New York City
Northern New Jersey
Search Better With
Shop for a Broker
Open House Planner
Saved Listings & Folders
Stats and Figures
Manhattan Condo Market Index
I visited some apartments about two months ago, and one of them had a tenant already living there (who wasn't home when the broker showed me the place).
For me, unlike a lot of people, an apartment with a tenant already in it is the ideal situation, because I'm not living in NYC but plan to come back in 2-3 years or so.
What I really need to know is how long the current tenant plans to stay in the apartment. The co-op board won't allow sublets longer than 5 years (or so), so it's not like a rent-stabilized person who will never leave. But if they're leaving, say, in three months, that would be a problem.
How do I get this information? Would it be some kind of breach (even one of etiquette) if I sent the current tenant a letter asking about this? After visiting, with the lived-in apartment in some disarray, I almost wanted to write some kind of thank-you note/apology -- "sorry about the agent and I into your apartment when you weren't home; I know these open houses must be a hassle for you; don't worry, your apartment isn't a mess!" That kind of thing. Can or should I do that, and ask (by the way) how long the tenant plans to be there?
Why not ask the broker for a copy of the lease?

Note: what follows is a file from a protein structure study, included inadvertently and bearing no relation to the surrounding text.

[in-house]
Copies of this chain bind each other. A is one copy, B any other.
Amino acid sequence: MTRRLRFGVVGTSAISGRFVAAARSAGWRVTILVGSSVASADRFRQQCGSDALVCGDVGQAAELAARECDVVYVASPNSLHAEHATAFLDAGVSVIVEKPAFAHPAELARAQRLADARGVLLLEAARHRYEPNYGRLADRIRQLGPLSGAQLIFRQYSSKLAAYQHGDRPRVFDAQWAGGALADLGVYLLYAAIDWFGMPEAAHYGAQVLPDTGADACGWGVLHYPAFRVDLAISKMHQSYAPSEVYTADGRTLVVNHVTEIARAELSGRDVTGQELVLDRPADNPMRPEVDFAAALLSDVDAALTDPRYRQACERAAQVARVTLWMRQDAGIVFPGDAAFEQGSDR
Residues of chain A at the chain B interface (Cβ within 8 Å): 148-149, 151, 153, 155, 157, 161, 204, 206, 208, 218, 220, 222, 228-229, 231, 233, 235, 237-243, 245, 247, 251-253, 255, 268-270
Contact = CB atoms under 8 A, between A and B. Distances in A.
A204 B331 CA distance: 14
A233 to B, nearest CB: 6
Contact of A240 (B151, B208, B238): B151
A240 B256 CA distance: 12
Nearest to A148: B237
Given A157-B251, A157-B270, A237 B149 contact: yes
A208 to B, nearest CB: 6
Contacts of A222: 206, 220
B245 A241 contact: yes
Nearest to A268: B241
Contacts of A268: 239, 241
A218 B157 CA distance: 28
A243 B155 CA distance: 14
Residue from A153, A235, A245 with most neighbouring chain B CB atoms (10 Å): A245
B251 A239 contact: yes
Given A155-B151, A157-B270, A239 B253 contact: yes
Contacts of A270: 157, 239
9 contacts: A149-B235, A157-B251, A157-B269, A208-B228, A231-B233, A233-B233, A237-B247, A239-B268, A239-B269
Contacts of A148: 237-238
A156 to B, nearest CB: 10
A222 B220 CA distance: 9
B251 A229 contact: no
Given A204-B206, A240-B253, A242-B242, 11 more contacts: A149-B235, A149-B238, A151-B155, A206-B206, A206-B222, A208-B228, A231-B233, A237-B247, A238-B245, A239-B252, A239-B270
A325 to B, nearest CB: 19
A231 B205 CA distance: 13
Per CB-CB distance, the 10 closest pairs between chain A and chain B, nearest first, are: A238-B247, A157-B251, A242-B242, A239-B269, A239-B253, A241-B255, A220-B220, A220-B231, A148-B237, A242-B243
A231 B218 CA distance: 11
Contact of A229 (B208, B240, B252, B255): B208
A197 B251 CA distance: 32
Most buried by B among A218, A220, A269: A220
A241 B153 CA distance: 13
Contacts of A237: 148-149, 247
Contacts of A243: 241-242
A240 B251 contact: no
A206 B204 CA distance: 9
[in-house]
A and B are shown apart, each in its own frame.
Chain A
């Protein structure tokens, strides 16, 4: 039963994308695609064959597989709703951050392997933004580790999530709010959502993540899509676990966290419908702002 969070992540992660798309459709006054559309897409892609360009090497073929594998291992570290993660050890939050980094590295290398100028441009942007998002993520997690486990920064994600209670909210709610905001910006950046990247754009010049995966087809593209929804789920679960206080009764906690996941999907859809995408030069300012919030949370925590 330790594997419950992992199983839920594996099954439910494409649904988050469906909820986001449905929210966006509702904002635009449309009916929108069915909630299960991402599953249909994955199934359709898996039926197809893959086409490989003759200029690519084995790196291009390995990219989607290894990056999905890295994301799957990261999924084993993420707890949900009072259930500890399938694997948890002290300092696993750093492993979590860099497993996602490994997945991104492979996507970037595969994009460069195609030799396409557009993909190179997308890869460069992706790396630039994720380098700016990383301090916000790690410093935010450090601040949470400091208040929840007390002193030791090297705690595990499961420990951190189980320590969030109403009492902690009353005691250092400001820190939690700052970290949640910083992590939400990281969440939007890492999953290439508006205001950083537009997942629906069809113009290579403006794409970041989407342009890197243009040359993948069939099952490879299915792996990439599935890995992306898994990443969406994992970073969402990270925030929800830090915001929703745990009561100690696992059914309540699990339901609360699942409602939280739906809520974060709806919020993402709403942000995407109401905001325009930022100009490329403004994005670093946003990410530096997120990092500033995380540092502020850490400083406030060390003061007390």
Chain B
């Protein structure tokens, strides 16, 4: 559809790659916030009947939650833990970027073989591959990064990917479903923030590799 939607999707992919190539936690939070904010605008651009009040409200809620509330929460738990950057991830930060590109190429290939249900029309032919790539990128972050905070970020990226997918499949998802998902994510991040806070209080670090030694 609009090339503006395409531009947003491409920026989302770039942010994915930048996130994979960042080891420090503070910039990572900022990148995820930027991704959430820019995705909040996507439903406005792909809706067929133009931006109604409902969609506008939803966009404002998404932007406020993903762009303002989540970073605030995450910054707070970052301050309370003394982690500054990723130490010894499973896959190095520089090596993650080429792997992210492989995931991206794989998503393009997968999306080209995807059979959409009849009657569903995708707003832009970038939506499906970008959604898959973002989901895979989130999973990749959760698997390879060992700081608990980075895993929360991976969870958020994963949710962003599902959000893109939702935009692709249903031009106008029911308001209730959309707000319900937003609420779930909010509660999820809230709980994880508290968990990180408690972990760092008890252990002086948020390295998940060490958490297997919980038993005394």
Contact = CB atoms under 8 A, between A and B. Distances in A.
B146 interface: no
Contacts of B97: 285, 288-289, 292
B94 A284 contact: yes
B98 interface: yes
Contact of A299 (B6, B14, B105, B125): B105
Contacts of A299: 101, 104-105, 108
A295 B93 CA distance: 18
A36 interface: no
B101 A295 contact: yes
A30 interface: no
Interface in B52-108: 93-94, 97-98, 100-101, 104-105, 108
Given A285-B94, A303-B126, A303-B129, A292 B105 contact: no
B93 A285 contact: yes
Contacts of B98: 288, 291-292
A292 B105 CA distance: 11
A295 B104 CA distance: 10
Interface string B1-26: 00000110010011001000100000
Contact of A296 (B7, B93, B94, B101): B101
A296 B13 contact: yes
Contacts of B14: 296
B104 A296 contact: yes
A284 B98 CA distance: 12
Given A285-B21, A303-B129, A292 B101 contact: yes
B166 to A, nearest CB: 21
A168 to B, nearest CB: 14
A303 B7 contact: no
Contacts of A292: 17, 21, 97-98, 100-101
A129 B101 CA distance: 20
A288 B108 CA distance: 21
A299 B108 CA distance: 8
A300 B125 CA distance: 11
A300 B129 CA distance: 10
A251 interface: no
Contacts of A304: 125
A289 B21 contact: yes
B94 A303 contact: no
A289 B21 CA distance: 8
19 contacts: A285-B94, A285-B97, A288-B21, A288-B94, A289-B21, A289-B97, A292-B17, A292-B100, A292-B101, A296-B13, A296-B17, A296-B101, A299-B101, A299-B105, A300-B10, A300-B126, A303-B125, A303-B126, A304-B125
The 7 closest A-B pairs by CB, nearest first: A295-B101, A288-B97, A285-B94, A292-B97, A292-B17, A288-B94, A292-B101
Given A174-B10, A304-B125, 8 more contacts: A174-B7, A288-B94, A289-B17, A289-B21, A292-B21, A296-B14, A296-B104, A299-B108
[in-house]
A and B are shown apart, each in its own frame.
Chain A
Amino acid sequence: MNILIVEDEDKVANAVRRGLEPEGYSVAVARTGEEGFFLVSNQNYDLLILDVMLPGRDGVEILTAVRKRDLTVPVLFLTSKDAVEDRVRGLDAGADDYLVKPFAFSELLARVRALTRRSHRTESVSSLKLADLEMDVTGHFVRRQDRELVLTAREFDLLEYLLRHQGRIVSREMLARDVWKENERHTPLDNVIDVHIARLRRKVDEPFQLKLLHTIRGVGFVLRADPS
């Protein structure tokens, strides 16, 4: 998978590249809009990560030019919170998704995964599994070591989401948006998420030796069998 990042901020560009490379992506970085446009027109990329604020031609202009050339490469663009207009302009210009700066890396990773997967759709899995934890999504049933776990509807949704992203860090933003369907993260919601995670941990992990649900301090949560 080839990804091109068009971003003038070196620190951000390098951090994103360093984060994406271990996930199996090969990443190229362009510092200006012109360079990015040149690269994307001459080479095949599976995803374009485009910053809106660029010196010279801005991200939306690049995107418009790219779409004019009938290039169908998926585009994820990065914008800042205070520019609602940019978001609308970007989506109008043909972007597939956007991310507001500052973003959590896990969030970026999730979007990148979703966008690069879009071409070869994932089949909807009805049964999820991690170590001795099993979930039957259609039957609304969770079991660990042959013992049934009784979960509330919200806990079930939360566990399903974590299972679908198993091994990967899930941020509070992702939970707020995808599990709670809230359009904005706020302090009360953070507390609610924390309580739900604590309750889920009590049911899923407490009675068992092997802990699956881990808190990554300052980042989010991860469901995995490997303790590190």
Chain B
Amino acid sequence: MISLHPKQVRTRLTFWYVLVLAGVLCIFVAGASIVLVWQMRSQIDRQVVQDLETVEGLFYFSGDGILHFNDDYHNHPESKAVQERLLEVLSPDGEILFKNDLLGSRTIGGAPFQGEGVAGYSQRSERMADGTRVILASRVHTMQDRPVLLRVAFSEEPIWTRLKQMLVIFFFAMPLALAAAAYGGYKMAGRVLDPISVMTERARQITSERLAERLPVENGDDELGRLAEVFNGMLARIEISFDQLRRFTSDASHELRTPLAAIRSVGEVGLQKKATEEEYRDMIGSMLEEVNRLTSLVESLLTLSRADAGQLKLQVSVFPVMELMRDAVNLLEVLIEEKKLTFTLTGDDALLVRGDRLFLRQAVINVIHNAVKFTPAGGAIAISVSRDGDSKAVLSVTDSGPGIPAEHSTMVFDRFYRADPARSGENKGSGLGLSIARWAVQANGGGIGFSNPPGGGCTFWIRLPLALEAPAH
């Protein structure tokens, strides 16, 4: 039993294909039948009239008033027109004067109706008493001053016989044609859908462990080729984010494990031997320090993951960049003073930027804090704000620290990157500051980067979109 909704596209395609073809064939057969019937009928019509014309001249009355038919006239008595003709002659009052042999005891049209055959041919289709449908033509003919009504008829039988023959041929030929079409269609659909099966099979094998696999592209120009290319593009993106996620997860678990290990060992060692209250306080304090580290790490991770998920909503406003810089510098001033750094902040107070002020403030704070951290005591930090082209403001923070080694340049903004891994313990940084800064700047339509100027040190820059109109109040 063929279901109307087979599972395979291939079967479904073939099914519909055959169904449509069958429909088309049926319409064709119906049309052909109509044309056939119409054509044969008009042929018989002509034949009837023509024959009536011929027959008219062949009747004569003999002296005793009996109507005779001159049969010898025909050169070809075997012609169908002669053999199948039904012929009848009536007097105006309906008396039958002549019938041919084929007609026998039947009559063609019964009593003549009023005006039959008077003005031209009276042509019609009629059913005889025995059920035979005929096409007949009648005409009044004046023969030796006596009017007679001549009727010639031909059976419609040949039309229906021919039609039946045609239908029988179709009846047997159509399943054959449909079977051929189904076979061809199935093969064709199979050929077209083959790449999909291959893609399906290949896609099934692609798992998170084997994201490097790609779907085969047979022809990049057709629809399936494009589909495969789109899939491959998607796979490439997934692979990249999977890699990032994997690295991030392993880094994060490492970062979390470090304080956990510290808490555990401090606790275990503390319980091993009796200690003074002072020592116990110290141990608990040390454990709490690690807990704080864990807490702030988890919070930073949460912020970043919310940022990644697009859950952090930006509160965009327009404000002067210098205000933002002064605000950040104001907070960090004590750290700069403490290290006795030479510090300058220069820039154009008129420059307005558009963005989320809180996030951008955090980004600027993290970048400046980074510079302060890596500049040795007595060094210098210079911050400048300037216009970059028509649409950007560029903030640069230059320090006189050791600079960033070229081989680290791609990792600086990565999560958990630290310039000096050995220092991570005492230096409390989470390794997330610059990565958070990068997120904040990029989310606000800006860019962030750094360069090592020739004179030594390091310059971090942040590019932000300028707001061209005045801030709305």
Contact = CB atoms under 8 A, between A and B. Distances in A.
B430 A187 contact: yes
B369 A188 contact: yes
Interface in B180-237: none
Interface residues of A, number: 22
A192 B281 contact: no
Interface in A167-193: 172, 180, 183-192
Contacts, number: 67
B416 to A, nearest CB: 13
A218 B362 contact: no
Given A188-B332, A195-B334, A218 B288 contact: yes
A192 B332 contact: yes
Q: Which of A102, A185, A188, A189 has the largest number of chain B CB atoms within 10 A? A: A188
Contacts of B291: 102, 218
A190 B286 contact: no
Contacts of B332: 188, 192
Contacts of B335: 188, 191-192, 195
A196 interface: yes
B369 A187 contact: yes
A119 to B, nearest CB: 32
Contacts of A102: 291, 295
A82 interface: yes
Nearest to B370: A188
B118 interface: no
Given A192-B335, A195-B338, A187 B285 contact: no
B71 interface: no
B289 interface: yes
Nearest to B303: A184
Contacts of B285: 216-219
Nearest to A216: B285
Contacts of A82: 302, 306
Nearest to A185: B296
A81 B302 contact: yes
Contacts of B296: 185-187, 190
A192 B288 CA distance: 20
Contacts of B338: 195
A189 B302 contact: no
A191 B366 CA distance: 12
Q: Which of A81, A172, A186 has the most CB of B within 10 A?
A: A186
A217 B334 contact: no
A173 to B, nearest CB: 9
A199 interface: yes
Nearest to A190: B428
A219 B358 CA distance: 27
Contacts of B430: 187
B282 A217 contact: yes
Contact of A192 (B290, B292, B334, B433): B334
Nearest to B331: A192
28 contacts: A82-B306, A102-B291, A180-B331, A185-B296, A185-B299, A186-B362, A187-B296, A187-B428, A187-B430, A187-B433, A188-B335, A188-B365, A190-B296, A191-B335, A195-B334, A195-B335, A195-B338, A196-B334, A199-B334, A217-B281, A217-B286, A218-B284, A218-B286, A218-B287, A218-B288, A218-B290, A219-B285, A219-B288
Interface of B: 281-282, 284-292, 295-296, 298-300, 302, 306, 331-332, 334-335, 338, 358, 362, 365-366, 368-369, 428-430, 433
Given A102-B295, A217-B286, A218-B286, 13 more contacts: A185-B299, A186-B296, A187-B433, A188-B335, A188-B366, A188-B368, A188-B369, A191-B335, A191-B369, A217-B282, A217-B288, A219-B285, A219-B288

I had been thinking that leases can be renewed, or terminated early, and I'd much rather find out the person's intention so that the potential handover can proceed smoothly.
But I might just do that!
My Coop and it seems pretty normal for most, require you to own your apartment before allowing you to sublet. My building requires you own it (and in theory occupy it) for 2 years then you can sublet up to a max of 5 years.
I know that's the general rule, but when someone sells a co-op with a renter living in it, surely that person doesn't get booted out the moment the buyer takes possession just because the new buyer hasn't lived there for two years, right?
the tenant gets booted out and you're suppose to live there. coops usually require you to live there for 1-2 yrs before you can rent it out for say 1 yr if they even allow it, and you can only do this once before you have to live there for another 1-2 yrs. simple advise, if you're look at a coop as an investment property, DONT. get a condo which has more flexible subletting.
why not just buy when you are actually ready to move? Why deal with the hassle?